segment. The scheme SHOULD NOT be used in SYN-SENT or SYN-RECEIVED
states [RFC0793] (see Section 5.5).
A TCP sender that does not employ RFC 2988 [RFC2988] to compute TCP's
retransmission timer MUST NOT use TCP-LCD. We envision that the
scheme could be easily adapted to algorithms other than RFC 2988.
However, we leave this as future work.
RFC 2988 [RFC2988] provides in rule (2.5) the option to place a
maximum value on the RTO. When a TCP implements this rule to provide
an upper bound for the RTO, it MUST also be used in the following
algorithm. In particular, if the RTO is bounded by an upper limit
(maximum RTO), the "MAX_RTO" variable used in this scheme MUST be
initialized with this upper limit. Otherwise, if the RTO is
unbounded, the "MAX_RTO" variable MUST be set to infinity.
The scheme specified in this document uses the "BACKOFF_CNT"
variable, whose initial value is zero. The variable is used to count
the number of performed retransmission timer backoffs during one
timeout-based loss recovery. Moreover, the "RTO_BASE" variable is
used to recover the previous RTO if the retransmission timer backoff
was unnecessary. The variable is initialized with the RTO upon
initiation of timeout-based loss recovery.
(1) Before TCP updates the variable "RTO" when it initiates timeout-
based loss recovery, set the variables "BACKOFF_CNT" and
"RTO_BASE" as follows:
BACKOFF_CNT := 0;
RTO_BASE := RTO.
Proceed to step (R).
(R) This is a placeholder for standard TCP's behavior in case the
retransmission timer has expired. In particular, if RFC 2988
[RFC2988] is used, steps (5.4) to (5.6) of that algorithm go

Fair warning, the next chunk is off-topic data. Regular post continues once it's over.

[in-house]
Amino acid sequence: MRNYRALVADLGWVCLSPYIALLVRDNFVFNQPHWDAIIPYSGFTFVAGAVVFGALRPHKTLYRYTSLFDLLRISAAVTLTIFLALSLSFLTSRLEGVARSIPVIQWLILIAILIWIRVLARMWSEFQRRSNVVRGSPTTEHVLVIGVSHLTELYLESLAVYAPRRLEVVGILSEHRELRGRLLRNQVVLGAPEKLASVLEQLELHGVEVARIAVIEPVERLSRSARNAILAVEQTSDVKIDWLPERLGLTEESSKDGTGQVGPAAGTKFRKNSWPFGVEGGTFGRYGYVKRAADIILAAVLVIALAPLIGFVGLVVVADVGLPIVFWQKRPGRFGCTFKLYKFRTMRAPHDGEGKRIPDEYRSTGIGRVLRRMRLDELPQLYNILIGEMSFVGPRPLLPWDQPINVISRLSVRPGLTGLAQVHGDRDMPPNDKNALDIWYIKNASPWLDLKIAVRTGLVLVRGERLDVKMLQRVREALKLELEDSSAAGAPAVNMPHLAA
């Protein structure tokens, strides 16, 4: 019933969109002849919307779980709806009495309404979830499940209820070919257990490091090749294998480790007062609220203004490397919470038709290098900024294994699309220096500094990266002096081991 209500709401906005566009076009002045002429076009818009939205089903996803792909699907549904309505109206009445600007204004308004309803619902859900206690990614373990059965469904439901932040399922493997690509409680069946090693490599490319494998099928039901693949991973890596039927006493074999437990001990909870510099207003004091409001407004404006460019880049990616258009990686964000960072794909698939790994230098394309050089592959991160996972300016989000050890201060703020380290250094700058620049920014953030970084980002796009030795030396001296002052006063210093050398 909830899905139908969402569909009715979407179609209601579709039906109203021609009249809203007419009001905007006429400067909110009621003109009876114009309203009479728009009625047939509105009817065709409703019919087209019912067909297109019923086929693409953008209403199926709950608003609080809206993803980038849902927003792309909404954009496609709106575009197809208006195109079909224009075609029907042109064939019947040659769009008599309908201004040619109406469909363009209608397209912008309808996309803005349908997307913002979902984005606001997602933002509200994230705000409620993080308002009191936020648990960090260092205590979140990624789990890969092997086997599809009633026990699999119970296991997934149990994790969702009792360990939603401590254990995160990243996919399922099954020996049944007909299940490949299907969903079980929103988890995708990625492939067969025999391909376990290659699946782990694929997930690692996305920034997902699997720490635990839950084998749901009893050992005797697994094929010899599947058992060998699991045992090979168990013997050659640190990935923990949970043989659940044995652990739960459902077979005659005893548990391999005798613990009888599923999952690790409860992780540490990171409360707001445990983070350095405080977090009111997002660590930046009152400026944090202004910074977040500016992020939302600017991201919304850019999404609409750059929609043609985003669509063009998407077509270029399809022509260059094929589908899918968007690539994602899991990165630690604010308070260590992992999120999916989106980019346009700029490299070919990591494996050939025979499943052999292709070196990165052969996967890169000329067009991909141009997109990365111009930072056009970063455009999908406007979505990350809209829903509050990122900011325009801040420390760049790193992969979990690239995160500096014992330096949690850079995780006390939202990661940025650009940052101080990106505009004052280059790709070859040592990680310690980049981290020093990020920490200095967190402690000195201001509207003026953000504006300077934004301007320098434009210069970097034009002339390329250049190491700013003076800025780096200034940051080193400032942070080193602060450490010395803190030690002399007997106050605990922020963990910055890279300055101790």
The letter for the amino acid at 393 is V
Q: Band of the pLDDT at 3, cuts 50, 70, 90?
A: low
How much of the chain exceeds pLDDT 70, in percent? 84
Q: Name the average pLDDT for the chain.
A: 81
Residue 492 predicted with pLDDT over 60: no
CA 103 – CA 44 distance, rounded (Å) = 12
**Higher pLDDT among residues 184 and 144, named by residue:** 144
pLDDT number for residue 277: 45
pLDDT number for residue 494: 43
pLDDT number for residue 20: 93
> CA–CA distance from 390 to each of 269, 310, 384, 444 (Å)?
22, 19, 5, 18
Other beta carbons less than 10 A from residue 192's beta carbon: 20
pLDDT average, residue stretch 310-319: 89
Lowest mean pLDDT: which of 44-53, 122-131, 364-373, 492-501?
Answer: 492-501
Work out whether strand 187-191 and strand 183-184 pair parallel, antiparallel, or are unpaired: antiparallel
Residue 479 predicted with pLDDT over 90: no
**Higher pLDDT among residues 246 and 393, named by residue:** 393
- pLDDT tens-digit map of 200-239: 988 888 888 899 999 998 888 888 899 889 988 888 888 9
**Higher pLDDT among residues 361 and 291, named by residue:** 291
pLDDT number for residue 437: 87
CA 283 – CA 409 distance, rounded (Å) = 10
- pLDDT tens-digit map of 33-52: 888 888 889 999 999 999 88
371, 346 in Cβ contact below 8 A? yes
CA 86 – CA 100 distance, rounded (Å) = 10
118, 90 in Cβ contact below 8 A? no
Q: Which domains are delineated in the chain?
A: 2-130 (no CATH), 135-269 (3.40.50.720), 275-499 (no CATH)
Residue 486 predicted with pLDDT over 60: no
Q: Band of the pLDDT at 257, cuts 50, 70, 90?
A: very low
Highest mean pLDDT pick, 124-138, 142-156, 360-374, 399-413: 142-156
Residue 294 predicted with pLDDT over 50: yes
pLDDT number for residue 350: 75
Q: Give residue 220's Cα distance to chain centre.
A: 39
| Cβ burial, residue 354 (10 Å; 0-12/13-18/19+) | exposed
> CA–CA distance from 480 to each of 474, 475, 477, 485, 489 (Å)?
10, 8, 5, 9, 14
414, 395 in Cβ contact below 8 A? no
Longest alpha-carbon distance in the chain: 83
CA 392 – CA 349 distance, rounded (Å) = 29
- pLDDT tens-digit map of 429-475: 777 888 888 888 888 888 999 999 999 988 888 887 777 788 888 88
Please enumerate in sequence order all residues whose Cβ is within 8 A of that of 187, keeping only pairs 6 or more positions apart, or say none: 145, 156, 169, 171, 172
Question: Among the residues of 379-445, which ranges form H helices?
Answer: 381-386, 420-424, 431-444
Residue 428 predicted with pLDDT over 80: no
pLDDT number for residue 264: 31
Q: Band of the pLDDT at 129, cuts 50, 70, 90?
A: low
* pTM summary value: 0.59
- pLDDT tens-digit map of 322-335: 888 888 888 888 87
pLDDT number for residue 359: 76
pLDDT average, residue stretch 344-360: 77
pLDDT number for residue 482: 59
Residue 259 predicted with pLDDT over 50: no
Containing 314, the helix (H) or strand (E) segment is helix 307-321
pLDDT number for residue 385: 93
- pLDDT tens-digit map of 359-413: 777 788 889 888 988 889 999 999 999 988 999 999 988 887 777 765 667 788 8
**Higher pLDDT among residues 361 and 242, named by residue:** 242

here. Proceed to step (2).
(2) To account for the expiration of the retransmission timer in the
previous step (R), increment the "BACKOFF_CNT" variable by one:
BACKOFF_CNT := BACKOFF_CNT + 1.
(3) Wait either
a) for the expiration of the retransmission timer. When the
retransmission timer expires, proceed to step (R); or
b) for the arrival of an acceptable ACK. When an acceptable
ACK arrives, proceed to step (A); or
c) for the arrival of an ICMP unreachable message. When the
ICMP unreachable message "ICMP_DU" arrives, proceed to
(4) If "BACKOFF_CNT > 0", i.e., if at least one retransmission timer
backoff can be undone, then
proceed to step (5);
proceed to step (3).
(5) Extract the TCP segment header included in the ICMP unreachable
SEG := Extract(ICMP_DU).
(6) If "SEG.SEQ == SND.UNA", i.e., if the TCP segment "SEG"
eliciting the ICMP unreachable message "ICMP_DU" contains the
sequence number of a retransmission, then
proceed to step (7);
proceed to step (3).
(7) Undo the last retransmission timer backoff:
BACKOFF_CNT := BACKOFF_CNT - 1;
RTO := min(RTO_BASE * 2^(BACKOFF_CNT), MAX_RTO).
(8) If the retransmission timer expires due to the undoing in the
previous step (7), then
proceed to step (R);
proceed to step (3).
(A) This is a placeholder for standard TCP's behavior in case an
acceptable ACK has arrived. No further processing.